Cross-posted at Montclair SocioBlog.

The Wall Street Journal had an op-ed this week by Donald Boudreaux and Mark Perry claiming that things are great for the middle class.  Here’s why:

No single measure of well-being is more informative or important than life expectancy. Happily, an American born today can expect to live approximately 79 years — a full five years longer than in 1980 and more than a decade longer than in 1950.

Yes, but.  If life-expectancy is the all-important measure of well-being, then we Americans are less well off than are people in many other countries, including Cuba.

The authors also claim that we’re better off because things are cheaper:

…spending by households on many of modern life’s “basics” — food at home, automobiles, clothing and footwear, household furnishings and equipment, and housing and utilities — fell from 53% of disposable income in 1950 to 44% in 1970 to 32% today.

Globalization probably has much to do with these lower costs.  But when I reread the list of “basics,” I noticed that a couple of items were missing, items less likely to be imported or outsourced, like housing and health care.  So, we’re spending less on food and clothes, but more on health care and houses. Take housing.  The median home values for childless couples increased by 26% between just 1984 and 2001 (inflation-adjusted); for married couples with children, who are competing to get into good school districts, median home value ballooned by 78% (source).

The authors also make the argument that technology reduces the consuming gap between the rich and the middle class.  There’s not much difference between the iPhone that I can buy and the one that Mitt Romney has.  True, but it says only that products filter down through the economic strata just as they always have.  The first ball-point pens cost as much as dinner for two in a fine restaurant.  But if we look forward, not back, we know that tomorrow the wealthy will be playing with some new toy most of us cannot afford. Then, in a few years, prices will come down, everyone will have one, and by that time the wealthy will have moved on to something else for us to envy.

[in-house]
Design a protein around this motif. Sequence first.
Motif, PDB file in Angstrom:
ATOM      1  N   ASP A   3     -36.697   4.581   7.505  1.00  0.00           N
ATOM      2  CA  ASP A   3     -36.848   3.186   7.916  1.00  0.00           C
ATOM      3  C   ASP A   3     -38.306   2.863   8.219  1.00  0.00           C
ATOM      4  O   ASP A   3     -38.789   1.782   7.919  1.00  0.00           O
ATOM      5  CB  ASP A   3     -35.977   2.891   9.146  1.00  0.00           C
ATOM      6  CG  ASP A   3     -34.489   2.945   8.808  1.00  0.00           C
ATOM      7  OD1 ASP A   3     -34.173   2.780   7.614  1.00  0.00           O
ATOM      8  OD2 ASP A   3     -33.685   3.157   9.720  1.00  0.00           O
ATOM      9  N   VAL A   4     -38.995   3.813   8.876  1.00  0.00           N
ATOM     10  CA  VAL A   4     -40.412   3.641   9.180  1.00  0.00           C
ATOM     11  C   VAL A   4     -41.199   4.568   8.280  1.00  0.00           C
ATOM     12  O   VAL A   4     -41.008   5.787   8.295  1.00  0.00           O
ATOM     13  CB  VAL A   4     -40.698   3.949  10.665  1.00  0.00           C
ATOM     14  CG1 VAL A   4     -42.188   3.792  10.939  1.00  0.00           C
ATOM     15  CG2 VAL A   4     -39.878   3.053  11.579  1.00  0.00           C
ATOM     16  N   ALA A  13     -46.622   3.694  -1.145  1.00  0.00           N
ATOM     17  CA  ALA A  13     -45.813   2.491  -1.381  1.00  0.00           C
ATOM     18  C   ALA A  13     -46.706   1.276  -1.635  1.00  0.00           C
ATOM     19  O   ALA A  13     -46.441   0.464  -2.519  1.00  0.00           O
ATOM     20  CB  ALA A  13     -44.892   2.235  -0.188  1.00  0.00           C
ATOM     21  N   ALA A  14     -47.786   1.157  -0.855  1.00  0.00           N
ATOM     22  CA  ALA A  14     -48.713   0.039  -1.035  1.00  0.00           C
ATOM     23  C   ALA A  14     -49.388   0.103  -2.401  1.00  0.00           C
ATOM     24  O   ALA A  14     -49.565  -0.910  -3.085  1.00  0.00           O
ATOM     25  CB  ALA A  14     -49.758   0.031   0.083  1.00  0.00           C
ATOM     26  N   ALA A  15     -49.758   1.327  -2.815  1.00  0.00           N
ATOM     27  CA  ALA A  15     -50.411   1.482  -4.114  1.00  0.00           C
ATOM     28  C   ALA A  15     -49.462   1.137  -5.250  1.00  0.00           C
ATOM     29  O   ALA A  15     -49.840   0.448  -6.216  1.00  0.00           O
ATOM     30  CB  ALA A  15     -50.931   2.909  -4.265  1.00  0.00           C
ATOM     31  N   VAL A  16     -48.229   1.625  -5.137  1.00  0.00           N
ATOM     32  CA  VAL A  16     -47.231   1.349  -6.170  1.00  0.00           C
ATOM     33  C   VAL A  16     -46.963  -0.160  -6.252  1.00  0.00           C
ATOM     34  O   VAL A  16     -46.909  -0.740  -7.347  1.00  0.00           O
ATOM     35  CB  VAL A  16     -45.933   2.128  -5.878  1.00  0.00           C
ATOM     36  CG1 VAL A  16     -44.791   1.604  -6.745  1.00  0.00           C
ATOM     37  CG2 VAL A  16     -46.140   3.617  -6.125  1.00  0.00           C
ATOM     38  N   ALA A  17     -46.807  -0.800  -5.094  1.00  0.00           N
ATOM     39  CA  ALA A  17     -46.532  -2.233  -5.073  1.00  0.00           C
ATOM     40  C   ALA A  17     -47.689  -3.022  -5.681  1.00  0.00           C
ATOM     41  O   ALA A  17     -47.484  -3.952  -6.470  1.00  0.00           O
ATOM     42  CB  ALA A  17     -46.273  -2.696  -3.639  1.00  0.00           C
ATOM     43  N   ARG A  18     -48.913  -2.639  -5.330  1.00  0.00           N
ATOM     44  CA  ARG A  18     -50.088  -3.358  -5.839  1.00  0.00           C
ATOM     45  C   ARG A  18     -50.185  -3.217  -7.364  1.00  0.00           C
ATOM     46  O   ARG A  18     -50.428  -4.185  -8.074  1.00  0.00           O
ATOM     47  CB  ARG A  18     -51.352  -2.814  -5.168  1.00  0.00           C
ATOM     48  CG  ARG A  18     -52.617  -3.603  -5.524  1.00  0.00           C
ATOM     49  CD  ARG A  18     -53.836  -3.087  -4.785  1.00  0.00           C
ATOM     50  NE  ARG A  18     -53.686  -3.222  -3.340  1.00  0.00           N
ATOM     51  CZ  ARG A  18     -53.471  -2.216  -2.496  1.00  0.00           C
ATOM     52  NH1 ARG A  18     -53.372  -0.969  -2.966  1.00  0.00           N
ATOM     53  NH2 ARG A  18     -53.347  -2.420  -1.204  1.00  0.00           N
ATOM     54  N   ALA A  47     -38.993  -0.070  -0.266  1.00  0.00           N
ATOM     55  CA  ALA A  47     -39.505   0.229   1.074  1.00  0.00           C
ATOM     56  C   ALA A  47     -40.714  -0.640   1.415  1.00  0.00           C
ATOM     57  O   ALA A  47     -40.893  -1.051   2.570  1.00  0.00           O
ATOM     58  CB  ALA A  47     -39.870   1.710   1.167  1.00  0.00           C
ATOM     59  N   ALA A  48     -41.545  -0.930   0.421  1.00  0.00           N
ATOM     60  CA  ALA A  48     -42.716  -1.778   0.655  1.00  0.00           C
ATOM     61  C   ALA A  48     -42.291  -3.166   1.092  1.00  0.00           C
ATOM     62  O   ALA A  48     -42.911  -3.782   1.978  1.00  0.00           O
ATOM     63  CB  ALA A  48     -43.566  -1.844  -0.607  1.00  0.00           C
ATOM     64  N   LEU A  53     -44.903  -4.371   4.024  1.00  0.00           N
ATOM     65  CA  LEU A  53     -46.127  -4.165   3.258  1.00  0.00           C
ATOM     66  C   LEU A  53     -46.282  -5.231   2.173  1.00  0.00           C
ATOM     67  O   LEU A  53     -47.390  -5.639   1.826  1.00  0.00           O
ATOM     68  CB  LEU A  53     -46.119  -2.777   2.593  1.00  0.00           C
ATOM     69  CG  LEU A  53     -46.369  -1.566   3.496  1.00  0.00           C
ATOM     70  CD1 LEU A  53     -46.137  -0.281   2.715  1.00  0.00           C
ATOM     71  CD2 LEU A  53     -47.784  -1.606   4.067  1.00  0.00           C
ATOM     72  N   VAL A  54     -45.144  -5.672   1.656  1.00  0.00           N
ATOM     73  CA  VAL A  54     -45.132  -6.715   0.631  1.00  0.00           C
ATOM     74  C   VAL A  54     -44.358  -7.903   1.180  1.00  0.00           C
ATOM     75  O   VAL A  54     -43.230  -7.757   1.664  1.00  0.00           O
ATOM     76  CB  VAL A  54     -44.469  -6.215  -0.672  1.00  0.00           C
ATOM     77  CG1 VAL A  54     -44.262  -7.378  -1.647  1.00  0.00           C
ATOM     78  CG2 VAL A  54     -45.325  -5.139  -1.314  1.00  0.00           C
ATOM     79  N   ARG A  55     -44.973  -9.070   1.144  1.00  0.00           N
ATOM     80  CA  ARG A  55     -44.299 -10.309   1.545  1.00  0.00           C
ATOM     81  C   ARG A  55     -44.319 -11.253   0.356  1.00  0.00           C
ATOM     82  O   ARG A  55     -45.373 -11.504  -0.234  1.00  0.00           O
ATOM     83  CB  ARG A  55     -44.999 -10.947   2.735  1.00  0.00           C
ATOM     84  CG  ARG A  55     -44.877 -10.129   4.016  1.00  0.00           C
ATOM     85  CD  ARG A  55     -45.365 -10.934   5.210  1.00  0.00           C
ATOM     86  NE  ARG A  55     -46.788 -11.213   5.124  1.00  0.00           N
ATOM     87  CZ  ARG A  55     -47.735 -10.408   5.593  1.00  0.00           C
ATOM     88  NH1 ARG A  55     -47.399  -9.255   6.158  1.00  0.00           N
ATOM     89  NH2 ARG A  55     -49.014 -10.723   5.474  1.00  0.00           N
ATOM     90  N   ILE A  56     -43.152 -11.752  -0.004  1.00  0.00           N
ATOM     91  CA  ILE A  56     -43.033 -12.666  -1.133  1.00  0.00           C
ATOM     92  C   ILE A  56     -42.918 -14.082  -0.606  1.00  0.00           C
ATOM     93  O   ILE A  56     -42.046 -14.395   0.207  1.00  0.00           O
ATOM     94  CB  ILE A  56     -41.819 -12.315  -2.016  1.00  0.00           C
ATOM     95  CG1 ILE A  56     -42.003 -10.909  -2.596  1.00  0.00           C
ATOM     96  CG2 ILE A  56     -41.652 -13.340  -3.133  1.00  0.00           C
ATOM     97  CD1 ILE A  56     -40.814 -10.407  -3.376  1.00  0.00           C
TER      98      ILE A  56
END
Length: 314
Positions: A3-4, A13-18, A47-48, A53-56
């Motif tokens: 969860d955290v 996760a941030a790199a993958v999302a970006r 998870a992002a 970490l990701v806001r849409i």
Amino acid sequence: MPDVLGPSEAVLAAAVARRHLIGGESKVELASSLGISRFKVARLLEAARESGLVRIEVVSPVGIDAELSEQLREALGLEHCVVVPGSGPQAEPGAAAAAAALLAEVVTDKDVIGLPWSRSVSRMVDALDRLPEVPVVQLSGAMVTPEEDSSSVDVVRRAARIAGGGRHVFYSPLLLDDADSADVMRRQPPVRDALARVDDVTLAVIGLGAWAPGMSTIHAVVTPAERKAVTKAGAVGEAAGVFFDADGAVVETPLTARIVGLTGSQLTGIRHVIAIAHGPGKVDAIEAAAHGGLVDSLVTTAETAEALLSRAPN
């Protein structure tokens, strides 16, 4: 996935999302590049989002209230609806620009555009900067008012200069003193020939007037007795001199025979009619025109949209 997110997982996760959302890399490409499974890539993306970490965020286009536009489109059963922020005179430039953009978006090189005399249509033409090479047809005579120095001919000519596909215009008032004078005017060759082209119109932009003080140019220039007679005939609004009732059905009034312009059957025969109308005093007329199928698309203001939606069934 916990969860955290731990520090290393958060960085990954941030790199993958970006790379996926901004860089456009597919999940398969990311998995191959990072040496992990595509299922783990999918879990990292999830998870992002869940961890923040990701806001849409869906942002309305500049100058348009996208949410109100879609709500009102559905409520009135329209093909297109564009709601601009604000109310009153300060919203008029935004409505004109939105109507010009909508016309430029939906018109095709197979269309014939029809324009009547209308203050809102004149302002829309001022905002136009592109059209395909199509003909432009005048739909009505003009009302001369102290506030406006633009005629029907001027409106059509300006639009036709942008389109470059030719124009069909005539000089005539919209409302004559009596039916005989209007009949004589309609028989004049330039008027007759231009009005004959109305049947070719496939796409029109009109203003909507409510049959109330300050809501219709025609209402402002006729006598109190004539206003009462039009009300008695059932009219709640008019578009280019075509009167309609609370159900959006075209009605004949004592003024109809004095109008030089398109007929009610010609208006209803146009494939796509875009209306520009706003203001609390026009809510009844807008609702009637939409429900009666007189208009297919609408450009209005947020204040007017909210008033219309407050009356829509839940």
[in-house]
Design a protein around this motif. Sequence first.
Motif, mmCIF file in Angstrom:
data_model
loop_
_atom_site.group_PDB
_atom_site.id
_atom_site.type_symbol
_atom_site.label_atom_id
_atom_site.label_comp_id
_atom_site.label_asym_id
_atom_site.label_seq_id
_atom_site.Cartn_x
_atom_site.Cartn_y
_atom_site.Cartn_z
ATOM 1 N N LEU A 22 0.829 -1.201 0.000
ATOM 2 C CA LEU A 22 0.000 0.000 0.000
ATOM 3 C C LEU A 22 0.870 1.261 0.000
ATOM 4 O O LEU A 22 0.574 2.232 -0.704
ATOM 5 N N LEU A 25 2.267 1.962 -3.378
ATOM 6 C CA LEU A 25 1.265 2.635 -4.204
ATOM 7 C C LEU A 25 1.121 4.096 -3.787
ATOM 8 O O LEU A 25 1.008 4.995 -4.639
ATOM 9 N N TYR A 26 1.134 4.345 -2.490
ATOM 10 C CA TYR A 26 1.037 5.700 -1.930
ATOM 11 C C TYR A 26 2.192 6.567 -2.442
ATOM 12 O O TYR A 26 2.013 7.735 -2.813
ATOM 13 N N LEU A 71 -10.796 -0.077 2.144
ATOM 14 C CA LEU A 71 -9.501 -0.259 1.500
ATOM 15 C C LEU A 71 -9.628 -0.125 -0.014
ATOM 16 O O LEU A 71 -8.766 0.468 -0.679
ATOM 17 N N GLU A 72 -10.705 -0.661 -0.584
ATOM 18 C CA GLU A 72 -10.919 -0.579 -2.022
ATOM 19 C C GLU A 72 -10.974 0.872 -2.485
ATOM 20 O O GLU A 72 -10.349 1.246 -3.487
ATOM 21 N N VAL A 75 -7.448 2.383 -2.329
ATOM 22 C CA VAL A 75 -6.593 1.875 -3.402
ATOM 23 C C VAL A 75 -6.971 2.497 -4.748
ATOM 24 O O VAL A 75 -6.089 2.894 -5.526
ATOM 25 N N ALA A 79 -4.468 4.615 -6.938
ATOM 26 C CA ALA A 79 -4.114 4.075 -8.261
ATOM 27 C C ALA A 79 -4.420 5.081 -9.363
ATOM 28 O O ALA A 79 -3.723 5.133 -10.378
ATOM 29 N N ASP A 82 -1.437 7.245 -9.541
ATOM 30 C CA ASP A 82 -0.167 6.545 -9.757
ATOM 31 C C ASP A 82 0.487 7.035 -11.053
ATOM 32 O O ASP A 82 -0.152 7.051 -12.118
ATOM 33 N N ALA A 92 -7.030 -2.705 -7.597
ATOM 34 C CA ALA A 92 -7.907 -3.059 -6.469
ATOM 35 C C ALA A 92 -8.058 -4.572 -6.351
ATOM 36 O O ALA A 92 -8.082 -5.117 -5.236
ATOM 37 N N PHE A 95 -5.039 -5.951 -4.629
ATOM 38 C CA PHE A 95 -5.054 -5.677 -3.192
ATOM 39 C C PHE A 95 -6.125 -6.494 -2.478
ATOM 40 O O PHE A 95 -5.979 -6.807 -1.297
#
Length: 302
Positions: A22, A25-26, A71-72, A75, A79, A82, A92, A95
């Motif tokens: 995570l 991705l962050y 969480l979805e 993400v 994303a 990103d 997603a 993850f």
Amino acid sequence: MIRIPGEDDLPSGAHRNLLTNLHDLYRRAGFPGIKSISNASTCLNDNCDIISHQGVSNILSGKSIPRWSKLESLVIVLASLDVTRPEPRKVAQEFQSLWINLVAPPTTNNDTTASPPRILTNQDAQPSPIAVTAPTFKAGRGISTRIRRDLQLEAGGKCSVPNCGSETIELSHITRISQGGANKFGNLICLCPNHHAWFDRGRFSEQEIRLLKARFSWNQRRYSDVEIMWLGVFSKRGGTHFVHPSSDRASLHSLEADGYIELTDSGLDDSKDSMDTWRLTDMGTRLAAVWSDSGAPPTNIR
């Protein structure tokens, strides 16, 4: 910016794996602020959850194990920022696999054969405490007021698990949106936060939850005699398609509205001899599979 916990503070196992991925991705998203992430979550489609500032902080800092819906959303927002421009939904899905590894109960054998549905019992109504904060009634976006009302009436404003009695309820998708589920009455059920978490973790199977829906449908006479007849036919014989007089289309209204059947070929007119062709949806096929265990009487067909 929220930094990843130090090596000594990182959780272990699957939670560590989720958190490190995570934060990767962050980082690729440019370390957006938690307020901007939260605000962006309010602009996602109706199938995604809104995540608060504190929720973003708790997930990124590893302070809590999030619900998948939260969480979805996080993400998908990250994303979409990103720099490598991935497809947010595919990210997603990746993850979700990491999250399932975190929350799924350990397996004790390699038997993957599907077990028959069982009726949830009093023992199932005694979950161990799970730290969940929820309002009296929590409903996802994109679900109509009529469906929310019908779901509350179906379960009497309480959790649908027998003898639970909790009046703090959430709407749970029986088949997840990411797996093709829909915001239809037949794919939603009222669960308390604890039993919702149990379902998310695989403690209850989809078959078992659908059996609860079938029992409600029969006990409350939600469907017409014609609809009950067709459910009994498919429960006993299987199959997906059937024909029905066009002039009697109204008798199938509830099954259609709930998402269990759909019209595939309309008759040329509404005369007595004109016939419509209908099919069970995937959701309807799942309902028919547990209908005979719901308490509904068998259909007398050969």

The readers and editors of the Wall Street Journal may find comfort in hearing Boudreaux and Perry’s good news about the middle class.  Middle-class people themselves, however, may be a bit skeptical on being told that they’ve never had it so good (source).

Some of the people in the Gallup sample are not middle class, and they may contribute disproportionately to the pessimistic side.  But Boudreaux and Perry do not specify who they include as middle class.  But it’s the trend in the lines that is important.  Despite the iPhones, airline tickets, laptops and other consumer goods the authors mention, fewer people feel that they have enough money to live comfortably.

Boudreaux and Perry insist that the middle-class stagnation is a myth, though they also say that

The average hourly wage in real dollars has remained largely unchanged from at least 1964—when the Bureau of Labor Statistics (BLS) started reporting it.

Apparently“largely unchanged” is completely different from “stagnation.”  But, as even the mainstream media have reported, some incomes have changed quite a bit (source).

The top 10% and especially the top 1% have done well in this century.  The 90%, not so much. You don’t have to be too much of a Marxist to think that maybe the Wall Street Journal crowd has some ulterior motive in telling the middle class that all is well and getting better all the time.


Jay Livingston is the chair of the Sociology Department at Montclair State University.  You can follow him at Montclair SocioBlog or on Twitter.

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